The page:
“Several representatives stated that, at the time, it appeared as if Representative Story was going to hit or otherwise get violent with Dr. Gordon,” according to the report.

Story disputed that account, accusing Gordon of throwing her evaluation across the table and saying, “I don’t need that,” and adding that she thought she could discuss the evaluation with him. When she started to walk out, Jenkins asked if she was going to leave, and then Story decided she shouldn’t leave, the report stated.

Story, in open session, voted no on certifying the closed meeting, saying the last 10 minutes of the closed meeting “turned into an evaluation of me from the superintendent.” The board voted 6-1 to certify the closed meeting, and 7-0 on the contract addendum for a 1% cost of living increase for Waller and Gordon.

She also accused Riddick of recording the meeting and posting it on Facebook, and identified a witness who she said had watched the recording, the report stated. However, Riddick denied recording it, and the witness, who asked to remain anonymous, denied seeing any video or audio recording of a closed session anywhere.

The report said that because Story’s version of events differed substantially from the other board members, and that their recollections were consistent with Gordon’s, “the preponderance of the evidence supports Dr. Gordon’s recitation of events.” However, the investigation did not uncover evidence of her actions toward him being based on race.

The findings

The investigation “confirmed the substance” of Gordon’s allegations, but it did not uncover enough to establish a legally actionable hostile work environment based on race, which legally requires four factors — “unwelcome harassment, based on race, sufficiently severe or pervasive to alter the conditions of employment and crate an abusive atmosphere and some basis for imposing liability on the employer.”

“The preponderance of the evidence confirms that the relationship between Dr. Gordon and Representative Story is highly contentious,” the report states.

An “overwhelming majority” of those interviewed said Story speaks to Gordon “in a disrespectful manner” in public meetings and that she “tries to embarrass Dr. Gordon during meetings by questioning his judgment, decision-making and recommendations,” especially when she disagrees with them.

Story’s statements about Gordon’s contract, according to the report, “created a negative impression” of him, with most witnesses saying it “undermined Dr. Gordon’s position as superintendent.”

The report, however, said that while her actions “may be frustrating and unpleasant” to Gordon, “they have not, from an objective perspective, altered the terms and conditions” of his employment, and the investigation did not uncover any direct evidence that her actions toward Gordon are based on race, and no one in the investigation provided an example of a racist or race-based comment that she has made toward him.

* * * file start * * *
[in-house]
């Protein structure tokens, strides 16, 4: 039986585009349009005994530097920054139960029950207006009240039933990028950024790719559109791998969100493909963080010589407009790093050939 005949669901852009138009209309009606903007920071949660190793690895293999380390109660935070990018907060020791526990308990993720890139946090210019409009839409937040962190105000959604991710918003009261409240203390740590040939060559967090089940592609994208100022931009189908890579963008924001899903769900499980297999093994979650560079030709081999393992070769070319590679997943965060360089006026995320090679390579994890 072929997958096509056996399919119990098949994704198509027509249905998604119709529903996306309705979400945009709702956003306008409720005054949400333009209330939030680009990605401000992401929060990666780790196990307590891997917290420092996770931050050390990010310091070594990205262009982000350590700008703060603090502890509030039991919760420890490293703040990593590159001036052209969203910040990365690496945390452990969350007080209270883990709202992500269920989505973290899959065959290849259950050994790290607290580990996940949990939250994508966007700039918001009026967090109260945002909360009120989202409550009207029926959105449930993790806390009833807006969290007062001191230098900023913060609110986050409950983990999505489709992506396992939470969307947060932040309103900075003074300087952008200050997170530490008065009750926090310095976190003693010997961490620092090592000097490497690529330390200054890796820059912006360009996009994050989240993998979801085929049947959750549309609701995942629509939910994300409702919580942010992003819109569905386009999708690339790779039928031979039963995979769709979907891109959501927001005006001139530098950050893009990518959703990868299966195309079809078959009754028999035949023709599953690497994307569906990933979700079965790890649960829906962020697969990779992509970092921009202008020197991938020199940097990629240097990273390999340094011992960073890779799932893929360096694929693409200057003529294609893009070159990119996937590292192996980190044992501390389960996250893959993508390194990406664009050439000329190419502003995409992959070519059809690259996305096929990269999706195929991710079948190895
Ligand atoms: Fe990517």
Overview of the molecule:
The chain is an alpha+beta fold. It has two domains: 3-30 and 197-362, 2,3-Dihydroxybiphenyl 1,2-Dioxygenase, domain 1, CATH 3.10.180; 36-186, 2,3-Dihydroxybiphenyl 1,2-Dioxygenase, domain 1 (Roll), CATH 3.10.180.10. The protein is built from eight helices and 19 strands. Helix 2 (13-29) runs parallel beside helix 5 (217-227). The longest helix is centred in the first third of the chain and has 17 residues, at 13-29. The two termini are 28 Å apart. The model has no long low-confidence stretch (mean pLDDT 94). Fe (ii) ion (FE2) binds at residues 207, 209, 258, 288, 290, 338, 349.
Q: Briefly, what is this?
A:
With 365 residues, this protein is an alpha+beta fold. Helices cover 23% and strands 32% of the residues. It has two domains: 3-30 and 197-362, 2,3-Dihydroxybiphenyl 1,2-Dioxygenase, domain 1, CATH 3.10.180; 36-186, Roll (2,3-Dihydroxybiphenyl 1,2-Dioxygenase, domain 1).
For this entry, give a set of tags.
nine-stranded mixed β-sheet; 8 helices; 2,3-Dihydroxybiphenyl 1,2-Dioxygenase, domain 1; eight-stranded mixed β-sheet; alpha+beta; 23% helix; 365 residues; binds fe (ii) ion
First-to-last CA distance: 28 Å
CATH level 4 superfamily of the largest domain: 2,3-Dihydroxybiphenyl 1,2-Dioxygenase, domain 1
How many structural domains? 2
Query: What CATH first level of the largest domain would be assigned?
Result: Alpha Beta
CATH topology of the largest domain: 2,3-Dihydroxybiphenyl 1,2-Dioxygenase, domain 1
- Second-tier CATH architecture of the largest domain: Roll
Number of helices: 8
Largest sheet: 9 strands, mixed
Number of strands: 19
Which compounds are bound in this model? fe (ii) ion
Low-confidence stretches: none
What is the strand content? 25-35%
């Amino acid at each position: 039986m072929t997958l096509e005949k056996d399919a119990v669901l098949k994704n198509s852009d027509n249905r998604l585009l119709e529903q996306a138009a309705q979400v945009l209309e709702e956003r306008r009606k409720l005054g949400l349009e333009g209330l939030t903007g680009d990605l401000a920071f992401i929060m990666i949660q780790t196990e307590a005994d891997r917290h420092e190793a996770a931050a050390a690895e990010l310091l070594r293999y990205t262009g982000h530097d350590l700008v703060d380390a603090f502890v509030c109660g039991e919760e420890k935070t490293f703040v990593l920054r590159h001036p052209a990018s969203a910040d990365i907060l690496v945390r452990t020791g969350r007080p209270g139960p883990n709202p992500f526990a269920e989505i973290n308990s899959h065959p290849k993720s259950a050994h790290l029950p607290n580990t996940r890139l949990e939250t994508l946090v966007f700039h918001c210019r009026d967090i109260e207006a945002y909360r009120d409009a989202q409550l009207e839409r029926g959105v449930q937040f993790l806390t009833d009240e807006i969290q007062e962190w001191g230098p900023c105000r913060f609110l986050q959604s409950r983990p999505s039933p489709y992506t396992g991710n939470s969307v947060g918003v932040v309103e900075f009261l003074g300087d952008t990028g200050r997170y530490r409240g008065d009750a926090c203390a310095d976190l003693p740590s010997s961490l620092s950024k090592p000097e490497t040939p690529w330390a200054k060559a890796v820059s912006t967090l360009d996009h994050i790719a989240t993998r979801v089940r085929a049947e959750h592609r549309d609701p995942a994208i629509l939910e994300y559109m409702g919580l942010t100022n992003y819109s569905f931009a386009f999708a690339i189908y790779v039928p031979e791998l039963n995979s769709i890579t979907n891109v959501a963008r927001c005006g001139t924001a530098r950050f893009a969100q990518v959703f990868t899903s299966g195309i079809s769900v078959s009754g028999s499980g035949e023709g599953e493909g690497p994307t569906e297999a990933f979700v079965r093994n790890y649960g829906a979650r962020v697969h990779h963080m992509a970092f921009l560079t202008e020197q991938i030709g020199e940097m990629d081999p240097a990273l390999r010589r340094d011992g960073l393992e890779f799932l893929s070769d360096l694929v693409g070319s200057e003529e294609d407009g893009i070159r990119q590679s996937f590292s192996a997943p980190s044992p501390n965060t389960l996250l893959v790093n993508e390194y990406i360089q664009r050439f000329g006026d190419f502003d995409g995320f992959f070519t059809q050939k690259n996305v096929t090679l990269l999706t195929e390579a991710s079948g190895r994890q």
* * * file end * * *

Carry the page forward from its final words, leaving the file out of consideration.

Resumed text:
The investigation also noted that Story was impressed by Gordon’s credentials when the board hired him and had him at or near the top of candidate rankings, which “could negate an actionable hostile work environment claim.” It noted that courts in the Fourth Circuit have recognized that someone who hires an employee with knowledge of that person’s race is not likely to discriminate against that employee because of his race.

It did say that Story revealing Gordon’s identity as the person who filed the complaint “could constitute an ‘adverse employment action’ for purposes of an actionable retaliation claim.”

“Although our investigation did not uncover any current (underlined) negative employment consequences to Dr. Gordon resulting from Representative Story’s disclosure, this does not mean that Dr. Gordon will not suffer such negative employment consequences in the future,” the report stated, citing an example of trying to obtain future employment with another school division.

The report said the investigation “revealed a general perception” that Story retaliates against Gordon whenever he challenges her actions or doesn’t give in to her demands. Her disclosing Gordon’s identity in the complaint — 10 weeks after she learned about it and a week after a discussion of it in a closed session — “could be construed as having a retaliatory motive and goal to embarrass Dr. Gordon publicly.”

Story, during her interview in the investigation, said her actions are not personal and designed to highlight her concerns with how the board approves contracts or holds and certifies closed sessions. She viewed Waller’s instructions during the Aug. 6 meeting to keep Gordon’s identity under wraps a “suggestion” and said that Gordon is “an appointee and thus a public figure.”

The investigation also “uncovered an overwhelming perception that Representative Story harbors racial biases and does not trust high-level African-American administrators.”

Story has said her questioning is aggressive but says she treats everyone equally.

“Regardless of Dr. Gordon’s legal employment status … Representative Story’s actions have created a commonly held opinion,” according to the report, “that she expects Dr. Gordon to follow her orders and publicly retaliates against him when he does not. Moreover, her actions heighten the risk of an actionable retaliation claim.”

The investigation “generally confirmed” the facts of incidents Gordon raised in his complaint or referenced during his interview, but “cannot conclude that … Story has created a legally actionable hostile work environment based on race.”